While the music is nothing I would look up outside of the game, I do like Puyo Puyo Tetris’s soundtrack. It’s high-tempo, happy beats fit well with the frantic puzzle gameplay. When one of the players is about to reach the top of their screen, the music changes to something more urgent. I’m not sure if it meant to put pressure on the losing player on purpose, but it certainly adds to an already stressful situation.
Puyo Puyo Tetris, like the name implies, gives the player the option to play either Puyo Puyo or Tetris. In the Adventure mode, the mission will assign a game mode to the player. When playing battle mode, either versus a computer-controlled opponent or against a friend (either offline or online), the player can select which mode they want to play when selecting their character. No matter which game mode each player plays, the goal remains the same: the first one to reach the top of the screen loses.
It becomes more intricate when one player plays Puyo Puyo and the other Tetris. I’ve seen posts online saying one game has an advantage over the other. At first, I thought Tetris had a slight edge. The only kind of nuisance the Tetris player can receive is when grey lines appear from the bottom to push the player closer to the top (known as garbage lines.) However, the amount of garbage that each player sends to one another is, from what I noticed, even.
This is where Puyo Puyo Tetris impressed me. I consider myself a relatively competent Tetris player. When I play against Puyo Puyo players of the same level, the matches are intense. Either of us can be doing well. Suddenly, one person sends their garbage at the right time, destroying the other player. Two utterly different puzzle games, crossing over beautifully with each other. Who would have thought?
Puyo Puyo Tetris also has loads of single player modes. The player selects which game they’d like to play, then selects their single player mode of choice. There is a lot to choose from, but my favorites are Marathon, where the player sees how many points they can score before reaching the top of the screen, and fusion, where the periodically change between Puyo Puyo and Tetris. These modes make for excellent practice when the player decides to go online to test their skills or tackle the Adventure mode.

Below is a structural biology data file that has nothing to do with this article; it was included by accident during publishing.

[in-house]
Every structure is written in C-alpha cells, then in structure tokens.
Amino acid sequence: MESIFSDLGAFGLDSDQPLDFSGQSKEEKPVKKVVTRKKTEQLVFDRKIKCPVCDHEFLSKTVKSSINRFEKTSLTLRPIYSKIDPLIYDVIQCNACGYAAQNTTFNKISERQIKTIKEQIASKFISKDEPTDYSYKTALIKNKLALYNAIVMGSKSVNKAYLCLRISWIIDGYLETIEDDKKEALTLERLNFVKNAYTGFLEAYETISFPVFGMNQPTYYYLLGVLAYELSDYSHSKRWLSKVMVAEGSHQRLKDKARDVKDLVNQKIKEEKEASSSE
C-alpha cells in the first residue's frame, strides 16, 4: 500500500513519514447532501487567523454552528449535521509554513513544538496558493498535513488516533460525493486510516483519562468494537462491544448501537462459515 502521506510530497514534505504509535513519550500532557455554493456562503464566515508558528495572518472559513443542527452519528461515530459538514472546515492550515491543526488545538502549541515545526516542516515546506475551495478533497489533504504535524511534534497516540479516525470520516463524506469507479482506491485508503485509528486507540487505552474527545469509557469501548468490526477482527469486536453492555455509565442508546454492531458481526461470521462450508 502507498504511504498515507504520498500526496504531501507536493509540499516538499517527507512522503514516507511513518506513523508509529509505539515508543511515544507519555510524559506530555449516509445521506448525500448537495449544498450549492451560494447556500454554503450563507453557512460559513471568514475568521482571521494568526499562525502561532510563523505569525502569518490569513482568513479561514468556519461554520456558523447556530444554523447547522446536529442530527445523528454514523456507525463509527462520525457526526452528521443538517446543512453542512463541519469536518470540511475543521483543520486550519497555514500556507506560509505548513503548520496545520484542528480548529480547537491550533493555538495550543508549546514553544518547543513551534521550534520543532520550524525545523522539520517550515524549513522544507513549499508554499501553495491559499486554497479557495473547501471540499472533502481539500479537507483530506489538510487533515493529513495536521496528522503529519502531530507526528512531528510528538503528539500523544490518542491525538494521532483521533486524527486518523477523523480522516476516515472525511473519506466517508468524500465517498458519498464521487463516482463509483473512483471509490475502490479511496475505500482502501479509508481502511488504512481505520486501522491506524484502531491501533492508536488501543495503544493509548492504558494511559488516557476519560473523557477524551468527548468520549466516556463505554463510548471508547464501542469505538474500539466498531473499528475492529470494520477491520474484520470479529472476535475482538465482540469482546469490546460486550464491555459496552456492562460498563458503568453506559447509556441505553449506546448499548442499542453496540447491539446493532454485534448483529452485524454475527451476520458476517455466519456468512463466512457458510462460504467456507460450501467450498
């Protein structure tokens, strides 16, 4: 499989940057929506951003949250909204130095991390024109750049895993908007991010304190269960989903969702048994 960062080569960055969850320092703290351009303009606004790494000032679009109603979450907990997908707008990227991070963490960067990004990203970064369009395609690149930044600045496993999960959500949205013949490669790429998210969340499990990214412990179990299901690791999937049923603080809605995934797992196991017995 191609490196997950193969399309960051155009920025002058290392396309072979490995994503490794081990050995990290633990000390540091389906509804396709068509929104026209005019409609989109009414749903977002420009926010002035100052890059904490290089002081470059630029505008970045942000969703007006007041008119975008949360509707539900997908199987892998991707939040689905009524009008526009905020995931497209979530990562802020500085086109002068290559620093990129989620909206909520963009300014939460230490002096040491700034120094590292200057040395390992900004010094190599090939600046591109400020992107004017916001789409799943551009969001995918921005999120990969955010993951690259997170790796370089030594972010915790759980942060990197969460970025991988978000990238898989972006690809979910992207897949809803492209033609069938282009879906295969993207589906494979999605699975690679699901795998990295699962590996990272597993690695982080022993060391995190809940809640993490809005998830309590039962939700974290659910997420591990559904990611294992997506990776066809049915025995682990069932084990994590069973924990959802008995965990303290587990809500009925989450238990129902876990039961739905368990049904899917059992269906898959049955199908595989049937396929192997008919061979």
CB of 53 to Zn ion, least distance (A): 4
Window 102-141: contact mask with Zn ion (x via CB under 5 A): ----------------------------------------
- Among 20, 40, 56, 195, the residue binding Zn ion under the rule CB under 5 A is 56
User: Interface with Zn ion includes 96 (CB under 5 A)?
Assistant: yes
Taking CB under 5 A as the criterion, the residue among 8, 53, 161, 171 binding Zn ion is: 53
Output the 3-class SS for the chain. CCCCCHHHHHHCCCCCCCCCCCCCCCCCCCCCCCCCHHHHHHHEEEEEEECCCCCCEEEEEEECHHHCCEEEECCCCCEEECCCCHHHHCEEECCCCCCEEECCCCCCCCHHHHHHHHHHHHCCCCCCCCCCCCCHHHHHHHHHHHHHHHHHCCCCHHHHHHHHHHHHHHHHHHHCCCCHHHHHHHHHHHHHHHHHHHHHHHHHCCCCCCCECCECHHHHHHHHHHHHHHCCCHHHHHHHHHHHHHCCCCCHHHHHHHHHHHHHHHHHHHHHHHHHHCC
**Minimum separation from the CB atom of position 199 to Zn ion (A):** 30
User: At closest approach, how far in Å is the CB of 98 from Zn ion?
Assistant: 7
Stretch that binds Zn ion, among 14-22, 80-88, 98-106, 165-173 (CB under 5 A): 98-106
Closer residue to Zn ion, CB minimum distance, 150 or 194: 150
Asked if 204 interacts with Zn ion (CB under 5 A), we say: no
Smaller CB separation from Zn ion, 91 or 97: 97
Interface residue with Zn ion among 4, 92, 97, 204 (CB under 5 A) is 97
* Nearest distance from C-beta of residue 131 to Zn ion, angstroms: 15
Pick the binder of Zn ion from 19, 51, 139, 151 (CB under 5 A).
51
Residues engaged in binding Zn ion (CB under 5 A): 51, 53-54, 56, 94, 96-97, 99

Like Puyo Puyo or Tetris separately, the game is more enjoyable when played with two people, whether with a friend, someone online, or against the CPU. This is not to say the game cannot be enjoyed when played solo, but it is more enjoyable when played with a friend.
Speaking of which, if two players have vastly different skill levels, the matches can get crushingly one-side very quickly. There are handicaps that help even things out, but there is always a limit to how much of a handicap one player can receive. When one player has the maximum handicap, and the matches are still one-sided, then playing the game becomes an exercise in futility. Thus, is the nature of competitive games, sadly.
Puyo Puyo Tetris is a fascinating idea that works. Charming characters, upbeat music, and the beautiful combination of two wholly different puzzle games make Puyo Puyo Tetris a worthwhile pick up. I would recommend Puyo Puyo Tetris to those who are fans of either or both. Those wondering about the sequel.. will have to wait until next week.